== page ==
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Decay of Indian social structure during British rule

 

 

Western societies have always been associated ranking of different social groups with power, authority and social status. On the other hand, India was never considered a materialistic society. Its systems separated wealth from status, power from authority, pursuit and achievement of knowledge from temptations of worldly comforts. The greatness of a state was judged on the basis of the degree of righteousness and justice, with which the administration governed lives of the people, and not on the basis of its size, its treasury or number of people, it governs. Similarly, in the society, a person or a social group popularly known as ‘caste’ was ranked on the basis of knowledge, discipline and moral standards, and not on the basis of material success, or control of power.

 

Classification of society in India

 

Since beginning, Indian society has been classified into four functional groups known as “Varna” with innumerable castes and sub-castes or with numerous social groups within each Varna – be it racial, immigrants, locals, tribal, professionals or other groups. Their prescribed functions were as follows-

 

– Brahmins to preach,

 

– Kshtriyas to rule and defend the community,

 

– Vaishyas to carry on the business and,

 

– Shudras to do menial jobs for the society as a whole

The British Government in India, very cleverly, created a split in the society with the introduction of Modern education. British rulers were very clear about their aims and objectives. They excluded Indians from every honour, dignity or office, which lowest of Englishman could be given. But gradually, it became difficult for them to import enough Englishmen to man large and increasing number of subordinate or lower level posts in administration. It compelled them to introduce modern education in India. However, they used even the education system shrewdly to meet their objectives effectively.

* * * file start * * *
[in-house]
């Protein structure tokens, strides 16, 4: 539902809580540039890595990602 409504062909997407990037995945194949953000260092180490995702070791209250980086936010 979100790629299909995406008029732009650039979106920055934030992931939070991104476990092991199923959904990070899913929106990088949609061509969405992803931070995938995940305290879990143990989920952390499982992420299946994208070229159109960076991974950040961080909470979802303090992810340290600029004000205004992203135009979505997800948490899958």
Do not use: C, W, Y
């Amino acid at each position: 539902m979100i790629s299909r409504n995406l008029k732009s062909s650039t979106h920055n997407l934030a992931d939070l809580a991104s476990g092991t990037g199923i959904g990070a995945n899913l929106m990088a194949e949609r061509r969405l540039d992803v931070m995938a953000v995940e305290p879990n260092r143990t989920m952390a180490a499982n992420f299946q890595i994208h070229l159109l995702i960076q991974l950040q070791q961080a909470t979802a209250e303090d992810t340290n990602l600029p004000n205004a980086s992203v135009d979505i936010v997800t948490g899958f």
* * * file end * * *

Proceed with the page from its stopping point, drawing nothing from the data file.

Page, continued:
In 1835 introduction of modern education and in 1844, announcement of making knowledge of English compulsory for government employment paved way for imperial designs and created rift in the Indian society. The main purpose of modern education was to get Indians, “Anglicized in terms of both cultural and intellectual attainments”. The intention, as Lord Macaulay said, was, To form a class, who may be interpreters between us and millions of whom, we govern, a class of persons, Indian in blood and color, but English in taste, in opinion, in morals and in intellect”. In the near absence of industrial, commercial or social service activity, the educated Indians depended entirely on Government jobs. This led to a keen competition between different sections of Indian society.

British rulers, missionaries, philosophers, writers and Historians like Mill, Wilson, Ward launched an ideological attack and vehemently denounced the culture, character and social structure of the native people. It effected minds of many educated Indians so densely that they considered native practices indefensible. Side by side, British propagated theories of racial the superiority of ‘White-race’, thereby, justifying their domination over dark races of the globe.

Along with this mental doze, the British encouraged the formation of many caste groups against Brahmins, in whom they saw a potential threat to their rule in India. The movement against Brahmins forged ahead with ferocity in the Southern and Western parts of India. It remained mild in North India, where communalism had already disrupted the peace of the land.

Initially, the British rulers encouraged Brahmins to opt for modern education. Reasons being –

  • it became difficult for them to import enough Englishmen to man large and increasing number of subordinate or lower posts in administration.